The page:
I’ve been thinking a lot about bullying, especially with the recent news of Jennifer Livingston, a local news anchor who went on air to speak out after a viewer sent her an e-mail about her weight. You can see the video of her statements here.
I admire Jennifer for her willingness to stand up for herself. And I admire her station for supporting her in doing so. I think it’s a great story of standing up for yourself with grace and dignity.
The problem I have with this situation is the media jumping on this story with the word “bullying”. That is a very strong word, and I don’t know if t applies here. To me, bullying is about intimidation. When I think of bullying, I think of kids getting physical on a playground. I think of swirleys. I think of gang mentality. I don’t think a nasty email is bullying.
Of course that doesn’t make it right. Words can hurt just as much as physical blows. I know this all to well. But a critical email, while hurtful, does not equal bullying. Just because someone is an asshole, doesn’t make them a bully.
Was the little girl in kindergarden who wouldn’t sit next to me on the carpet squares because I was “ugly” a bully? No, she was a brat.
Were the girls who made fun of me all through elementary school for being part of the “Nerd Herd” bullies? No, because they were in the “Snob Squad”, and their opinions didn’t matter to me.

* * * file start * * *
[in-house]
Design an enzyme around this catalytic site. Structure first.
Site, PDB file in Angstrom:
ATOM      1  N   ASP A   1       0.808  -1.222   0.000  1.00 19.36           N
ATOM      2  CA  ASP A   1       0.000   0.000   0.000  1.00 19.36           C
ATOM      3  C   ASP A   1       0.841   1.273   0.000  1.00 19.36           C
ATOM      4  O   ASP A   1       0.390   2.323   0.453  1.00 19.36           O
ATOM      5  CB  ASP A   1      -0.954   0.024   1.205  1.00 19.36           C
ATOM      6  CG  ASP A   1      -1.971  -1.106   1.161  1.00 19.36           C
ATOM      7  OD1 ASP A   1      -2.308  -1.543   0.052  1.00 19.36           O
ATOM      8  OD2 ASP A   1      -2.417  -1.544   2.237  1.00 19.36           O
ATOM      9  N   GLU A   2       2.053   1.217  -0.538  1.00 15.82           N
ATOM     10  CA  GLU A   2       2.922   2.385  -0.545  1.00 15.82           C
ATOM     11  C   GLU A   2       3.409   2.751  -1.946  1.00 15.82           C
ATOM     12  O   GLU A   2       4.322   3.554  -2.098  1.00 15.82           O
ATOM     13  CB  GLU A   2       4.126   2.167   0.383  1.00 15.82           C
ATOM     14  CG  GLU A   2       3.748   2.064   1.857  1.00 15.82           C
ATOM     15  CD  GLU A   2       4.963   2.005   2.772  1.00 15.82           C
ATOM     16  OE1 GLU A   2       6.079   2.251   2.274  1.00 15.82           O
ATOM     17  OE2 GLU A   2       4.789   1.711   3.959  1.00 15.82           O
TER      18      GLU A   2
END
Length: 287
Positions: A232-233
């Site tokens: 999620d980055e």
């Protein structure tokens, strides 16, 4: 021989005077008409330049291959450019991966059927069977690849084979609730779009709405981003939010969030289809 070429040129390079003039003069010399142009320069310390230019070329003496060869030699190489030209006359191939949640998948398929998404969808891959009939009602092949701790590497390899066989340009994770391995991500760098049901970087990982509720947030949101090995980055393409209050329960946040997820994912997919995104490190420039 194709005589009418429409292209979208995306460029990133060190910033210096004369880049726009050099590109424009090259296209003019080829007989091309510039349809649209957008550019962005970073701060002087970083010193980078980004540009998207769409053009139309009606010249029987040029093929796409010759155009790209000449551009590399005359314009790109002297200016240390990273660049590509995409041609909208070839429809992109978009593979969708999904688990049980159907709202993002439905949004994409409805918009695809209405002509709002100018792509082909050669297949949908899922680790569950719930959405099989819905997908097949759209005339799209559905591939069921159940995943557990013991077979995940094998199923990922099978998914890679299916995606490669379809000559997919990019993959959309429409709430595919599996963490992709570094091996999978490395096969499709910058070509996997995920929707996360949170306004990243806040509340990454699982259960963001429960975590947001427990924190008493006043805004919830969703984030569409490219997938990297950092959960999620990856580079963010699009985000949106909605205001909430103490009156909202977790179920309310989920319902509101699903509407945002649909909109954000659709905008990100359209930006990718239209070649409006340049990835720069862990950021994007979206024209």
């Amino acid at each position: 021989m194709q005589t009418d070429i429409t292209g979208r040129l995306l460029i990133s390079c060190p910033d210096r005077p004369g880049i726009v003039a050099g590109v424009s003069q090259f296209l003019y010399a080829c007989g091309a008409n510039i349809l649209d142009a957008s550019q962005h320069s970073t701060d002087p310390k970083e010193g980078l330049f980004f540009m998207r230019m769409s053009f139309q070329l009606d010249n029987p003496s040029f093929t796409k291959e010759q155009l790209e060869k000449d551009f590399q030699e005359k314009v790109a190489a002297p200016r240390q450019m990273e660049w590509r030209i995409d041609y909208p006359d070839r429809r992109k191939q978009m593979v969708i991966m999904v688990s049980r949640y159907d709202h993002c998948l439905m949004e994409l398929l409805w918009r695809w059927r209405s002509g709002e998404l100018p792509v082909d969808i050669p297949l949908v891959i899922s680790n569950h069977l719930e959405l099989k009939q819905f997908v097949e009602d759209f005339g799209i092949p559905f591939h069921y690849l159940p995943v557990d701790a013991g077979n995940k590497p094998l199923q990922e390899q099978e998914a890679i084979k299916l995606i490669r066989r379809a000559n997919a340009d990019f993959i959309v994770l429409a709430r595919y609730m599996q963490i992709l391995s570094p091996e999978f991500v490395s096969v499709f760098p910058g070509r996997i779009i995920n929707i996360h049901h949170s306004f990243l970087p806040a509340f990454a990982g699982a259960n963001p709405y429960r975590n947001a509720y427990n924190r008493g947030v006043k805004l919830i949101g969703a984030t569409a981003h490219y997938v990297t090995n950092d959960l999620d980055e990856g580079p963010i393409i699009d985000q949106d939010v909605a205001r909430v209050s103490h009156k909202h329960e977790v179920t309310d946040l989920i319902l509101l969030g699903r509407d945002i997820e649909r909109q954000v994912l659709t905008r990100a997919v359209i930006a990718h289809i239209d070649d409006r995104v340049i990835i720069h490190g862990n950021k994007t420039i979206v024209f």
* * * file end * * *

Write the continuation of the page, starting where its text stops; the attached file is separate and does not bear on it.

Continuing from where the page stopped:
Was the guy in high school who got in my face, and ultimately smacked me in the cafeteria line, a bully? No, because I hit him first.
Were the women at my job bullies because they consistently called me names on a daily basis for the year and a half that I worked with them? No, they were ignorant bitches and not worth my time.
And I guess what I’m trying to say here is that to me, bullying connotes intimidation. They want a rise out of you. They want to make you feel bad. They’d love to see you cry. They make you a victim.
Jennifer Livingston does not seem like a victim to me. She is a woman who had to find a way to deal with a jerk. Most of us deal with jerks on a regular basis. I’m not saying this to downplay her experience. I’m sure it was really hard to have a complete stranger criticize her for her appearance in that way, especially when he said she was a bad influence to young girls. He was extremely rude, and obviously had too much time on his hands. I don’t think that makes him a bully. I think that makes him an asshole.
When we label people as bullies, I think that gives them too much power. Call them jerks, call them bitches, call a few of them sociopaths. Just don’t call them bullies, because that implies that there is a victim involved.
And I’m nobody’s victim.
Curious to hear if anyone has opinions on this.